ABB picked up another dance partner with the planned acquisition of Tropos Networks, a leader in standards-based 802.11 Wi-Fi and WiMAX for smart grid applications. This is the latest in a spree of major and minor ABB acquisitions, with the most recent big one being January’s announcement that ABB would acquire Thomas & Betts for $3.9 billon. Certainly Tropos Networks, with somewhere around 50 people, counts in ABB’s “minor” acquisition tally. But it is significant nonetheless, as ABB is jumping into the communications market while its other smart grid buys have focused on software and analytics (Ventyx, Obvient Strategies) or expansion of power infrastructure and equipment (such as Powercorp).
ABB is no stranger to smart grid communications, with leadership in IEC 61850 standards for substation automation and a popular line of communications gateways. However, ABB has been largely agnostic on actual communications technologies. Tropos now puts ABB in the middle of the Field Area Network battle, a crowded segment with many private / public / wired / wireless offerings from a plethora of large and small vendors. Tropos has had respectable success with Wi-Fi based mesh networks for distribution automation, AMI backhaul, and other smart grid applications, but like others, has found breakaway success elusive.
One of the key assertions of smart grid technology adoption is an evolution from vertically integrated application silos (including communications) toward horizontal multi-layer networks supporting multiple applications. Yet this acquisition could be viewed another vertical element to ABB’s distribution and substation automation solutions. And ABB would not be alone, as GE continues to talk about WiMAX field networks, S&C continues to develop its SpeedNet technology, and Cooper Industries (soon to be Eaton) picked up Eka Systems not long ago. Does this portend a continuing mish-mash of grid communications?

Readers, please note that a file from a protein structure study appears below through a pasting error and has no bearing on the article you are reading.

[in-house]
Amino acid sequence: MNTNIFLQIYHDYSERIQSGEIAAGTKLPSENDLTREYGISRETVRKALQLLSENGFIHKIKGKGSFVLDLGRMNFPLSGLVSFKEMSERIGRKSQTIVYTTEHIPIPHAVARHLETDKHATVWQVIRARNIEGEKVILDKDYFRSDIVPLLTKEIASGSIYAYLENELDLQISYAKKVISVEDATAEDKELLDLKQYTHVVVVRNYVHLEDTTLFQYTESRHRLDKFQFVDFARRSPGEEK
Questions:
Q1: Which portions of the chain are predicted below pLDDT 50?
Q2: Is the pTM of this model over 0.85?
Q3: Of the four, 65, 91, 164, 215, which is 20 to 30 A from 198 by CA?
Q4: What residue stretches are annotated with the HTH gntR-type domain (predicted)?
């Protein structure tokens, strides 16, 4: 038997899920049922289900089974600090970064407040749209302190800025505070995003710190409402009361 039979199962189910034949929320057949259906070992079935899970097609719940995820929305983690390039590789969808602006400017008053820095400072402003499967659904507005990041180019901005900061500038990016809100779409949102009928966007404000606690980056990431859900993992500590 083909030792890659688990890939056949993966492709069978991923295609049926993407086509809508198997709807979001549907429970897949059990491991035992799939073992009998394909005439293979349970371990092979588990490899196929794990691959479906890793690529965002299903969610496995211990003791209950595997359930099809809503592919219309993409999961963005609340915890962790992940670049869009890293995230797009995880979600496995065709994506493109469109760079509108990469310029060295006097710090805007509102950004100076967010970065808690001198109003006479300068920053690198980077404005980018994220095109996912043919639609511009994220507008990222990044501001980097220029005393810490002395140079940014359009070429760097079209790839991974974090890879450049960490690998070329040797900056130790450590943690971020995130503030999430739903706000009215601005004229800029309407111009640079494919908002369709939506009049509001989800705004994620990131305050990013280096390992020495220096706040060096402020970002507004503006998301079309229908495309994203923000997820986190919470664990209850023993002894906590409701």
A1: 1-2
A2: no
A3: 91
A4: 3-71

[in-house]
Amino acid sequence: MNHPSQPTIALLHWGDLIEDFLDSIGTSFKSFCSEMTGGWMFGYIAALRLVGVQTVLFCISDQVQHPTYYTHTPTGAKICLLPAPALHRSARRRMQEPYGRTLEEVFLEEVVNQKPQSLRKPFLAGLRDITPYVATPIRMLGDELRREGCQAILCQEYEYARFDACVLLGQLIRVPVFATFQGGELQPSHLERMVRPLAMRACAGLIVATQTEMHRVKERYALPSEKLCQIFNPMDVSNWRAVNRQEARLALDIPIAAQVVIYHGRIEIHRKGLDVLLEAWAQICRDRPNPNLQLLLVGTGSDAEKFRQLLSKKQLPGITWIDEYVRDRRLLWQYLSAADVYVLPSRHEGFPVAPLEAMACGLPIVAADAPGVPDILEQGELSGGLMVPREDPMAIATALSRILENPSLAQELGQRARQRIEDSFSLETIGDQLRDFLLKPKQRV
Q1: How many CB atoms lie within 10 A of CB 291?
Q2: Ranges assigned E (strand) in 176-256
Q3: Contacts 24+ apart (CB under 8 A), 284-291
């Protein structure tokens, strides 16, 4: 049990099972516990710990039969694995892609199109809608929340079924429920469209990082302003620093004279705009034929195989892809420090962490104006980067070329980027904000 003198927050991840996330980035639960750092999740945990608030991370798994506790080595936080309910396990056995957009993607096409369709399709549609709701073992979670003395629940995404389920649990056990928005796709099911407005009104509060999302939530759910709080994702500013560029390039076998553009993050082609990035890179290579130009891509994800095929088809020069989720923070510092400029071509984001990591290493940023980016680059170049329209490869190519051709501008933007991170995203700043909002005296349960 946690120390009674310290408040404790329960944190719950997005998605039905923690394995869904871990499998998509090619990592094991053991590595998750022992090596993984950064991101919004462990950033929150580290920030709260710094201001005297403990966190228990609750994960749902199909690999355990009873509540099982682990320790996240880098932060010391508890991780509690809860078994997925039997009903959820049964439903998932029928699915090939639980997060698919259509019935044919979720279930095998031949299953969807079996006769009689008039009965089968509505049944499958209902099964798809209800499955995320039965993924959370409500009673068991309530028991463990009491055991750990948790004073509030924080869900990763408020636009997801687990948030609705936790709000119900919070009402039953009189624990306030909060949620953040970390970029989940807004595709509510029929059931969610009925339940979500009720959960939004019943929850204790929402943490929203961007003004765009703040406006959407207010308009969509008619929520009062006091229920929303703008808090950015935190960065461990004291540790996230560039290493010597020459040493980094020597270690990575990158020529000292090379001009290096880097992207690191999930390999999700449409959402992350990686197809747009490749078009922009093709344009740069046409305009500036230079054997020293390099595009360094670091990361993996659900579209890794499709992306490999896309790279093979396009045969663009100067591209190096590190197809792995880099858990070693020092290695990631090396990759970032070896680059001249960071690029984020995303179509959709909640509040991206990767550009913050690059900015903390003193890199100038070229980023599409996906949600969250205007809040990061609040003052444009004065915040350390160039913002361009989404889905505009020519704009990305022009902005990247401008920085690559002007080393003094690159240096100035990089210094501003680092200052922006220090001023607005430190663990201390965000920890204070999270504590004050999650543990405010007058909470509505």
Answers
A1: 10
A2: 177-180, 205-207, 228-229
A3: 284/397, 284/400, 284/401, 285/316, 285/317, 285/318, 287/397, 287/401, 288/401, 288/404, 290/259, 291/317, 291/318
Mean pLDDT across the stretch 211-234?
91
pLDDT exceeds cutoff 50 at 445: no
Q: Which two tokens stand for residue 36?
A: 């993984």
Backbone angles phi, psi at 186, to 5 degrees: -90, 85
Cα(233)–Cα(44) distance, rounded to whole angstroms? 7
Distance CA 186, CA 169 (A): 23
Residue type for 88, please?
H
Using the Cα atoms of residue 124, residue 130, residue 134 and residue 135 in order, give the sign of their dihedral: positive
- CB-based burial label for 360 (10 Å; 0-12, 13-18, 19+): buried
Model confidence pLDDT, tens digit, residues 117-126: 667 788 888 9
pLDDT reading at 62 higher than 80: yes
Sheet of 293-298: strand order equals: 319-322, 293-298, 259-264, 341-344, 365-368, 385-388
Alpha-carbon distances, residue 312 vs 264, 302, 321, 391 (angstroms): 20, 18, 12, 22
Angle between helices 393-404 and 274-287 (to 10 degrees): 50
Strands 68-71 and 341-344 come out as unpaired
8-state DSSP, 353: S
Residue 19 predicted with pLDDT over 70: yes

We think the answer is a little yes and little no. Utility business models still favor projects that have fully self-contained ROIs, making more general multi-application investments in grid infrastructure difficult to justify. This makes the job of broader communications companies such as Cisco, Trilliant, and Silver Spring Networks (outside of AMI) that much harder. Yet as each of these solutions adopts IP standards, which is happening though with frustratingly varying degrees, interconnectivity into viable “networks of networks” become more possible, and the benefits of a layered multi-service network can be realized.
Getting back to ABB and Tropos, there are likely other good business drivers for the acquisition outside of smart grid, as there are other industrial automation, transportation, and mining applications where the Tropos solution can help. And Tropos, whose major strength is in North America, can help expand ABB’s footprint as well.
Naturally, other independent vendors of grid communications technology, including Trilliant, FreeWave Technologies, On-Ramp Wireless, and Silver Spring Networks, are certainly watching and wondering if one of the other grid infrastructure vendors might ask them to dance. Fortunately for them, the music is still playing.
Tags: Mergers & Acquisitions, Smart Grid Communications, Smart Grid Infrastructure, Smart Grid Practice
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